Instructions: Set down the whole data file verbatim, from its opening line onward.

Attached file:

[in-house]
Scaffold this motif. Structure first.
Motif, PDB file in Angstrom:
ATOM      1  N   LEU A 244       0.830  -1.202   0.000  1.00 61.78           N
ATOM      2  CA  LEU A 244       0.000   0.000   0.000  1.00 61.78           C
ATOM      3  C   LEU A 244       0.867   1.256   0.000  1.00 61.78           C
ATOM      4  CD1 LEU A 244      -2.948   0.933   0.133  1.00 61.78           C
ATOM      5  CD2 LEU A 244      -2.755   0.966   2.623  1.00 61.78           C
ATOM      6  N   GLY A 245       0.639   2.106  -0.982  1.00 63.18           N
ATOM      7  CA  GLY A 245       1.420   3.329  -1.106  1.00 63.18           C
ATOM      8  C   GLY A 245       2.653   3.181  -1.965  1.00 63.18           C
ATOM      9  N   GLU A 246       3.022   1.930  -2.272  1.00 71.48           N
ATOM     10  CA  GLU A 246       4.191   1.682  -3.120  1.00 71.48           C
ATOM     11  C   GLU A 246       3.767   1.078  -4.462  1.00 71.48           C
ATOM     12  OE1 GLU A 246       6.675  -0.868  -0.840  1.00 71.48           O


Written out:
[in-house]
Scaffold this motif. Structure first.
Motif, PDB file in Angstrom:
ATOM      1  N   LEU A 244       0.830  -1.202   0.000  1.00 61.78           N
ATOM      2  CA  LEU A 244       0.000   0.000   0.000  1.00 61.78           C
ATOM      3  C   LEU A 244       0.867   1.256   0.000  1.00 61.78           C
ATOM      4  CD1 LEU A 244      -2.948   0.933   0.133  1.00 61.78           C
ATOM      5  CD2 LEU A 244      -2.755   0.966   2.623  1.00 61.78           C
ATOM      6  N   GLY A 245       0.639   2.106  -0.982  1.00 63.18           N
ATOM      7  CA  GLY A 245       1.420   3.329  -1.106  1.00 63.18           C
ATOM      8  C   GLY A 245       2.653   3.181  -1.965  1.00 63.18           C
ATOM      9  N   GLU A 246       3.022   1.930  -2.272  1.00 71.48           N
ATOM     10  CA  GLU A 246       4.191   1.682  -3.120  1.00 71.48           C
ATOM     11  C   GLU A 246       3.767   1.078  -4.462  1.00 71.48           C
ATOM     12  OE1 GLU A 246       6.675  -0.868  -0.840  1.00 71.48           O